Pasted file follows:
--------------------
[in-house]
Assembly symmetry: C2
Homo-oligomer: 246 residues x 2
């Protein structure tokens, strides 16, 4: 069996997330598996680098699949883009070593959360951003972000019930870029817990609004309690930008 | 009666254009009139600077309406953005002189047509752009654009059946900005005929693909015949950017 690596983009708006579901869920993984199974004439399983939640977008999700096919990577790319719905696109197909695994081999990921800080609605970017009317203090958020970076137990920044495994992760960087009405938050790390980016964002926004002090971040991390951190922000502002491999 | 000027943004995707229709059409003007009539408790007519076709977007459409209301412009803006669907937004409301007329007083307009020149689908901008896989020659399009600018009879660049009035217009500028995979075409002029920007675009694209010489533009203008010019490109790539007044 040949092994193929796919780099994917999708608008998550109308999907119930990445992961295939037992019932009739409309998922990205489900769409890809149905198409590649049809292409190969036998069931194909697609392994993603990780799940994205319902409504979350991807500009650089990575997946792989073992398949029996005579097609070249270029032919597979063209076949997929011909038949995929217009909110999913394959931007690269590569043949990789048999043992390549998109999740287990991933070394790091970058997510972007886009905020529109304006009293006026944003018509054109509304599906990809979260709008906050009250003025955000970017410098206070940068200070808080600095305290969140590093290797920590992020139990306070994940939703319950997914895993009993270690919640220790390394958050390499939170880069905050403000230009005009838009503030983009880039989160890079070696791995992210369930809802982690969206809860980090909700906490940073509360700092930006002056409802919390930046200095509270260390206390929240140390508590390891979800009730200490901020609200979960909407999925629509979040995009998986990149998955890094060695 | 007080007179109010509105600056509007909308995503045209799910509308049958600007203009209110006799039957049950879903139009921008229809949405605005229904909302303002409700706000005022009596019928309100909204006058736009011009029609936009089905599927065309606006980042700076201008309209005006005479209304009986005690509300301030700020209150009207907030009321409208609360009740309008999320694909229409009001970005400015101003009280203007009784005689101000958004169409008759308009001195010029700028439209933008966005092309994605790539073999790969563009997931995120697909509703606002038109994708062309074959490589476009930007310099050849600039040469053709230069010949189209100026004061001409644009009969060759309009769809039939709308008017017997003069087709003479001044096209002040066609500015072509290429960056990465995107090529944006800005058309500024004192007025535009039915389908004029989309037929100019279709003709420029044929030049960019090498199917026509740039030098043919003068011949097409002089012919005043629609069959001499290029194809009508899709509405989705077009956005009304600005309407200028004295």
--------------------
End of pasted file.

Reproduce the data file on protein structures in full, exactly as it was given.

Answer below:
[in-house]
Assembly symmetry: C2
Homo-oligomer: 246 residues x 2
């Protein structure tokens, strides 16, 4: 069996997330598996680098699949883009070593959360951003972000019930870029817990609004309690930008 | 009666254009009139600077309406953005002189047509752009654009059946900005005929693909015949950017 690596983009708006579901869920993984199974004439399983939640977008999700096919990577790319719905696109197909695994081999990921800080609605970017009317203090958020970076137990920044495994992760960087009405938050790390980016964002926004002090971040991390951190922000502002491999 | 000027943004995707229709059409003007009539408790007519076709977007459409209301412009803006669907937004409301007329007083307009020149689908901008896989020659399009600018009879660049009035217009500028995979075409002029920007675009694209010489533009203008010019490109790539007044 040949092994193929796919780099994917999708608008998550109308999907119930990445992961295939037992019932009739409309998922990205489900769409890809149905198409590649049809292409190969036998069931194909697609392994993603990780799940994205319902409504979350991807500009650089990575997946792989073992398949029996005579097609070249270029032919597979063209076949997929011909038949995929217009909110999913394959931007690269590569043949990789048999043992390549998109999740287990991933070394790091970058997510972007886009905020529109304006009293006026944003018509054109509304599906990809979260709008906050009250003025955000970017410098206070940068200070808080600095305290969140590093290797920590992020139990306070994940939703319950997914895993009993270690919640220790390394958050390499939170880069905050403000230009005009838009503030983009880039989160890079070696791995992210369930809802982690969206809860980090909700906490940073509360700092930006002056409802919390930046200095509270260390206390929240140390508590390891979800009730200490901020609200979960909407999925629509979040995009998986990149998955890094060695 | 007080007179109010509105600056509007909308995503045209799910509308049958600007203009209110006799039957049950879903139009921008229809949405605005229904909302303002409700706000005022009596019928309100909204006058736009011009029609936009089905599927065309606006980042700076201008309209005006005479209304009986005690509300301030700020209150009207907030009321409208609360009740309008999320694909229409009001970005400015101003009280203007009784005689101000958004169409008759308009001195010029700028439209933008966005092309994605790539073999790969563009997931995120697909509703606002038109994708062309074959490589476009930007310099050849600039040469053709230069010949189209100026004061001409644009009969060759309009769809039939709308008017017997003069087709003479001044096209002040066609500015072509290429960056990465995107090529944006800005058309500024004192007025535009039915389908004029989309037929100019279709003709420029044929030049960019090498199917026509740039030098043919003068011949097409002089012919005043629609069959001499290029194809009508899709509405989705077009956005009304600005309407200028004295």